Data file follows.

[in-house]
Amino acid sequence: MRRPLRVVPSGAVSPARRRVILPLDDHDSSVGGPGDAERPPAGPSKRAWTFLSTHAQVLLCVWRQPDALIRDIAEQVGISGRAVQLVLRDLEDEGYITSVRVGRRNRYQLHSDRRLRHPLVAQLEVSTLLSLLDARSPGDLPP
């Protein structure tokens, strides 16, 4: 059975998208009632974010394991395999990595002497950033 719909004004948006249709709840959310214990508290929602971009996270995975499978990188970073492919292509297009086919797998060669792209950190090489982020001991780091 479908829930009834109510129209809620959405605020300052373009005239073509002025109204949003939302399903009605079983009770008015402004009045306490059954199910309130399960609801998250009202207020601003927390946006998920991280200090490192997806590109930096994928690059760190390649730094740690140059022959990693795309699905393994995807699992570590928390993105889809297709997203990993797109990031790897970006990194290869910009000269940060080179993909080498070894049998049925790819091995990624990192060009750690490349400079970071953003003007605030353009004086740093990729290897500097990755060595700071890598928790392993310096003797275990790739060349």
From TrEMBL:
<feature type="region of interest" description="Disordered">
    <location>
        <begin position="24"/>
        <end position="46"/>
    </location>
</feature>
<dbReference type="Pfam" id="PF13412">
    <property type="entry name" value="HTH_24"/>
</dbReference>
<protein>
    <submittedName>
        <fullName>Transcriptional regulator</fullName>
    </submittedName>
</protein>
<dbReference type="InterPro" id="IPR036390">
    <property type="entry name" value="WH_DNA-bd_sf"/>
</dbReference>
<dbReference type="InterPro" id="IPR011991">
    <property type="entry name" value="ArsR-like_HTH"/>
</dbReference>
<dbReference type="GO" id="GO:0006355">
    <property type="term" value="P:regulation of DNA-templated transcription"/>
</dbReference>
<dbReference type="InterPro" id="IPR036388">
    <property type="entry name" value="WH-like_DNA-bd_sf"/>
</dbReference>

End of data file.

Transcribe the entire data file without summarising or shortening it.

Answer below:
[in-house]
Amino acid sequence: MRRPLRVVPSGAVSPARRRVILPLDDHDSSVGGPGDAERPPAGPSKRAWTFLSTHAQVLLCVWRQPDALIRDIAEQVGISGRAVQLVLRDLEDEGYITSVRVGRRNRYQLHSDRRLRHPLVAQLEVSTLLSLLDARSPGDLPP
């Protein structure tokens, strides 16, 4: 059975998208009632974010394991395999990595002497950033 719909004004948006249709709840959310214990508290929602971009996270995975499978990188970073492919292509297009086919797998060669792209950190090489982020001991780091 479908829930009834109510129209809620959405605020300052373009005239073509002025109204949003939302399903009605079983009770008015402004009045306490059954199910309130399960609801998250009202207020601003927390946006998920991280200090490192997806590109930096994928690059760190390649730094740690140059022959990693795309699905393994995807699992570590928390993105889809297709997203990993797109990031790897970006990194290869910009000269940060080179993909080498070894049998049925790819091995990624990192060009750690490349400079970071953003003007605030353009004086740093990729290897500097990755060595700071890598928790392993310096003797275990790739060349």
From TrEMBL:
<feature type="region of interest" description="Disordered">
    <location>
        <begin position="24"/>
        <end position="46"/>
    </location>
</feature>
<dbReference type="Pfam" id="PF13412">
    <property type="entry name" value="HTH_24"/>
</dbReference>
<protein>
    <submittedName>
        <fullName>Transcriptional regulator</fullName>
    </submittedName>
</protein>
<dbReference type="InterPro" id="IPR036390">
    <property type="entry name" value="WH_DNA-bd_sf"/>
</dbReference>
<dbReference type="InterPro" id="IPR011991">
    <property type="entry name" value="ArsR-like_HTH"/>
</dbReference>
<dbReference type="GO" id="GO:0006355">
    <property type="term" value="P:regulation of DNA-templated transcription"/>
</dbReference>
<dbReference type="InterPro" id="IPR036388">
    <property type="entry name" value="WH-like_DNA-bd_sf"/>
</dbReference>